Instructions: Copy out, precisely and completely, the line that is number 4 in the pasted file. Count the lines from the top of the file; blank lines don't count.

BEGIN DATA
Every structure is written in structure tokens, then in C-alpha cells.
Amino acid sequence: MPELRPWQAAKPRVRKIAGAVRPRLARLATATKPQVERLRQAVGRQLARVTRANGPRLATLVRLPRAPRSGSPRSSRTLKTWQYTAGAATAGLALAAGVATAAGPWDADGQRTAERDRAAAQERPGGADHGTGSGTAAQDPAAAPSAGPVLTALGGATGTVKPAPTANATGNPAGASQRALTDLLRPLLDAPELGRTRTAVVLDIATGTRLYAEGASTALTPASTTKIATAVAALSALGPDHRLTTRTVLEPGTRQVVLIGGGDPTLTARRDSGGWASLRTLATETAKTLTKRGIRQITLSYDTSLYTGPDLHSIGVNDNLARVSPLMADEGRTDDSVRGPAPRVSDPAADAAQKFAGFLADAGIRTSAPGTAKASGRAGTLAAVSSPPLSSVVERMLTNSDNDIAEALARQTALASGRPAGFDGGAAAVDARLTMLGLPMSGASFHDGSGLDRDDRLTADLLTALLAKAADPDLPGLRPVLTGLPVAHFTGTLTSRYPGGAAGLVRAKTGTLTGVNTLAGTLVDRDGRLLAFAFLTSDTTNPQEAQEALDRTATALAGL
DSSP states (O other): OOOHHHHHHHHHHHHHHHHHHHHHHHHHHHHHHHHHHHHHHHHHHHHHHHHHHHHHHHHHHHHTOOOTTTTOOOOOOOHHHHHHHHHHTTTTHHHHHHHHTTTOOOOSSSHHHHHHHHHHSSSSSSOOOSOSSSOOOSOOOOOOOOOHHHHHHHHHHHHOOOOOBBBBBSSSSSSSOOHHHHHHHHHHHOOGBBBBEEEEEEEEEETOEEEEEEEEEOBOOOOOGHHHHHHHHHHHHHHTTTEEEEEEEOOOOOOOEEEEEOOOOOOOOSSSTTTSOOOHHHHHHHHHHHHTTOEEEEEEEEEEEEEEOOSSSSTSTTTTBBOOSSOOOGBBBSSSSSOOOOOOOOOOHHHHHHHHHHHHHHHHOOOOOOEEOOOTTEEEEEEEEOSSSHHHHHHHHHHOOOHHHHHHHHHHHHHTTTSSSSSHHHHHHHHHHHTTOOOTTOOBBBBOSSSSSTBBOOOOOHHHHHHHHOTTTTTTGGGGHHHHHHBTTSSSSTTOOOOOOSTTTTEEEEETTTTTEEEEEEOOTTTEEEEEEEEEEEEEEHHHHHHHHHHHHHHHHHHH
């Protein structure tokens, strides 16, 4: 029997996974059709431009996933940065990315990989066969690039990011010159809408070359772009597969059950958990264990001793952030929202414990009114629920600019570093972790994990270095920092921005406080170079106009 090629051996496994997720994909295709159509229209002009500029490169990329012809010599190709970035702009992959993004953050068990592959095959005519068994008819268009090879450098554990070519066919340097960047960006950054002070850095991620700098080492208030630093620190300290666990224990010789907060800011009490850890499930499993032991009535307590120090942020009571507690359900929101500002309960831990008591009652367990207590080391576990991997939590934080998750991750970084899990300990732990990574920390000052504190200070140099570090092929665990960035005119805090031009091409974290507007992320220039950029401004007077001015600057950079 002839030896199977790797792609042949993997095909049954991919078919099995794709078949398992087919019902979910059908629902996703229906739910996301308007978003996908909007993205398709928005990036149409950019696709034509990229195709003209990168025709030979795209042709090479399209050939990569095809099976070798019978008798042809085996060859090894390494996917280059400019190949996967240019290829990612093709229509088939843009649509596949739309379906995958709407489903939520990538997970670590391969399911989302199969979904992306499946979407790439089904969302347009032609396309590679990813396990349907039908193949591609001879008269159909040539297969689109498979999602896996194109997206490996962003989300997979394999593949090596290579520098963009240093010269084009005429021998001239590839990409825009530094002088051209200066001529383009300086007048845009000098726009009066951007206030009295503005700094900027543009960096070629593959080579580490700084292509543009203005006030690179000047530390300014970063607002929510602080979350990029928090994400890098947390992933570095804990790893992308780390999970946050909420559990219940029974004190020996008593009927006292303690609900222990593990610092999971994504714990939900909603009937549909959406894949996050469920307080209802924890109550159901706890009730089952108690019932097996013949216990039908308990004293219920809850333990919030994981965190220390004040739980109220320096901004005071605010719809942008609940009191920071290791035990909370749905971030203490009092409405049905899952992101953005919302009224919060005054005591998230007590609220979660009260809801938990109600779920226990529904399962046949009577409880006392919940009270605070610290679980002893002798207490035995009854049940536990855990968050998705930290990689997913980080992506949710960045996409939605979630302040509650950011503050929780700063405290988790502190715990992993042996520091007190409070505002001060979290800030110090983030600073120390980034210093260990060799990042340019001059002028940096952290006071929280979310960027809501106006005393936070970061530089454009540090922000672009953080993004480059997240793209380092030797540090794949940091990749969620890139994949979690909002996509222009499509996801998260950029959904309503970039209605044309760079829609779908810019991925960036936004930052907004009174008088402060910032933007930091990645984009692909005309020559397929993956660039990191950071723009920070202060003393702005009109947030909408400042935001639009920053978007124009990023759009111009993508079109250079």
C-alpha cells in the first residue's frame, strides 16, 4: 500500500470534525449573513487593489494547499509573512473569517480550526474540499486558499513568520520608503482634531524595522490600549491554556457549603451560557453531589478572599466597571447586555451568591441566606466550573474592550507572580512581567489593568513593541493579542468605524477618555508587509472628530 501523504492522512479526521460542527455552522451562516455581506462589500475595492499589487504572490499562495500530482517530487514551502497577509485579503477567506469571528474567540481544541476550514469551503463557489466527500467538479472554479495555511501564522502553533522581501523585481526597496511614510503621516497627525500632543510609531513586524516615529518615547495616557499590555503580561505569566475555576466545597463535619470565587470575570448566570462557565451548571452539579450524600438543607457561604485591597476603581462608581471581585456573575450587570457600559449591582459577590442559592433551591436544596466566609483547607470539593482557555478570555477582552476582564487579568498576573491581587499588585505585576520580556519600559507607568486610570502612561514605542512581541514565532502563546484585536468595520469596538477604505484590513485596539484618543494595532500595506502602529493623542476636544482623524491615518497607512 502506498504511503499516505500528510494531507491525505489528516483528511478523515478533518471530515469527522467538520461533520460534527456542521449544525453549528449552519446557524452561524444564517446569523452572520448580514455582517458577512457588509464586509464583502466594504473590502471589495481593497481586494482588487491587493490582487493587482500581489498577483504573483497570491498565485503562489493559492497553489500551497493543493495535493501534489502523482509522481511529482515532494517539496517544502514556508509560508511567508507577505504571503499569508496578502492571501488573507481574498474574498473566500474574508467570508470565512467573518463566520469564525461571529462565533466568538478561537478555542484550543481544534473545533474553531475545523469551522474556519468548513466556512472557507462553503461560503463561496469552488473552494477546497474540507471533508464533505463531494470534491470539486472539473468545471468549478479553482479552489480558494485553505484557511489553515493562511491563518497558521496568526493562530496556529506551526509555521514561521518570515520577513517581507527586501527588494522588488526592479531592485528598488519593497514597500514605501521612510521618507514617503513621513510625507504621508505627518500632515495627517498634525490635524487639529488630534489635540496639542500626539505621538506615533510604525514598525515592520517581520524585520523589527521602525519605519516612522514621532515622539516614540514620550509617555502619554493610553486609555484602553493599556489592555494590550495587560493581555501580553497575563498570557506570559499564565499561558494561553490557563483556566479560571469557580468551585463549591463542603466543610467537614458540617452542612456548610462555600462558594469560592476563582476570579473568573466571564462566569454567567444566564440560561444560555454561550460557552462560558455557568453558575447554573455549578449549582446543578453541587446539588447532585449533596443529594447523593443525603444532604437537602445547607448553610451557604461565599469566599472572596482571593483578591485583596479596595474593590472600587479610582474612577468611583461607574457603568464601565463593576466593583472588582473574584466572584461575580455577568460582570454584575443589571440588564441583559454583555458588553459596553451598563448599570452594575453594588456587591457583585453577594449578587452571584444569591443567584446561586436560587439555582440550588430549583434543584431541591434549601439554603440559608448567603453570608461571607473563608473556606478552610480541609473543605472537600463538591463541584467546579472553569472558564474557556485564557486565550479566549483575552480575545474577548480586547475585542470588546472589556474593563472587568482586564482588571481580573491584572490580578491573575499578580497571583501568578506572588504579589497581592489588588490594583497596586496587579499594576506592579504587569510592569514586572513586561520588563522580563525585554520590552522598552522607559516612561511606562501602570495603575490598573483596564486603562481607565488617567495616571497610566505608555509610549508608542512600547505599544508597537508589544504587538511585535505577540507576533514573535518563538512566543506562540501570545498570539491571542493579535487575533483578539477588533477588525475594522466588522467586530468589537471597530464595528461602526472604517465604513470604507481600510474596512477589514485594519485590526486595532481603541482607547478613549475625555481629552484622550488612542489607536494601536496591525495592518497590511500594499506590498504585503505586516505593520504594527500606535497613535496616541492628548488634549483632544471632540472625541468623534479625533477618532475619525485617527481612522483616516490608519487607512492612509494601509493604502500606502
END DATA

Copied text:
């Protein structure tokens, strides 16, 4: 029997996974059709431009996933940065990315990989066969690039990011010159809408070359772009597969059950958990264990001793952030929202414990009114629920600019570093972790994990270095920092921005406080170079106009 090629051996496994997720994909295709159509229209002009500029490169990329012809010599190709970035702009992959993004953050068990592959095959005519068994008819268009090879450098554990070519066919340097960047960006950054002070850095991620700098080492208030630093620190300290666990224990010789907060800011009490850890499930499993032991009535307590120090942020009571507690359900929101500002309960831990008591009652367990207590080391576990991997939590934080998750991750970084899990300990732990990574920390000052504190200070140099570090092929665990960035005119805090031009091409974290507007992320220039950029401004007077001015600057950079 002839030896199977790797792609042949993997095909049954991919078919099995794709078949398992087919019902979910059908629902996703229906739910996301308007978003996908909007993205398709928005990036149409950019696709034509990229195709003209990168025709030979795209042709090479399209050939990569095809099976070798019978008798042809085996060859090894390494996917280059400019190949996967240019290829990612093709229509088939843009649509596949739309379906995958709407489903939520990538997970670590391969399911989302199969979904992306499946979407790439089904969302347009032609396309590679990813396990349907039908193949591609001879008269159909040539297969689109498979999602896996194109997206490996962003989300997979394999593949090596290579520098963009240093010269084009005429021998001239590839990409825009530094002088051209200066001529383009300086007048845009000098726009009066951007206030009295503005700094900027543009960096070629593959080579580490700084292509543009203005006030690179000047530390300014970063607002929510602080979350990029928090994400890098947390992933570095804990790893992308780390999970946050909420559990219940029974004190020996008593009927006292303690609900222990593990610092999971994504714990939900909603009937549909959406894949996050469920307080209802924890109550159901706890009730089952108690019932097996013949216990039908308990004293219920809850333990919030994981965190220390004040739980109220320096901004005071605010719809942008609940009191920071290791035990909370749905971030203490009092409405049905899952992101953005919302009224919060005054005591998230007590609220979660009260809801938990109600779920226990529904399962046949009577409880006392919940009270605070610290679980002893002798207490035995009854049940536990855990968050998705930290990689997913980080992506949710960045996409939605979630302040509650950011503050929780700063405290988790502190715990992993042996520091007190409070505002001060979290800030110090983030600073120390980034210093260990060799990042340019001059002028940096952290006071929280979310960027809501106006005393936070970061530089454009540090922000672009953080993004480059997240793209380092030797540090794949940091990749969620890139994949979690909002996509222009499509996801998260950029959904309503970039209605044309760079829609779908810019991925960036936004930052907004009174008088402060910032933007930091990645984009692909005309020559397929993956660039990191950071723009920070202060003393702005009109947030909408400042935001639009920053978007124009990023759009111009993508079109250079």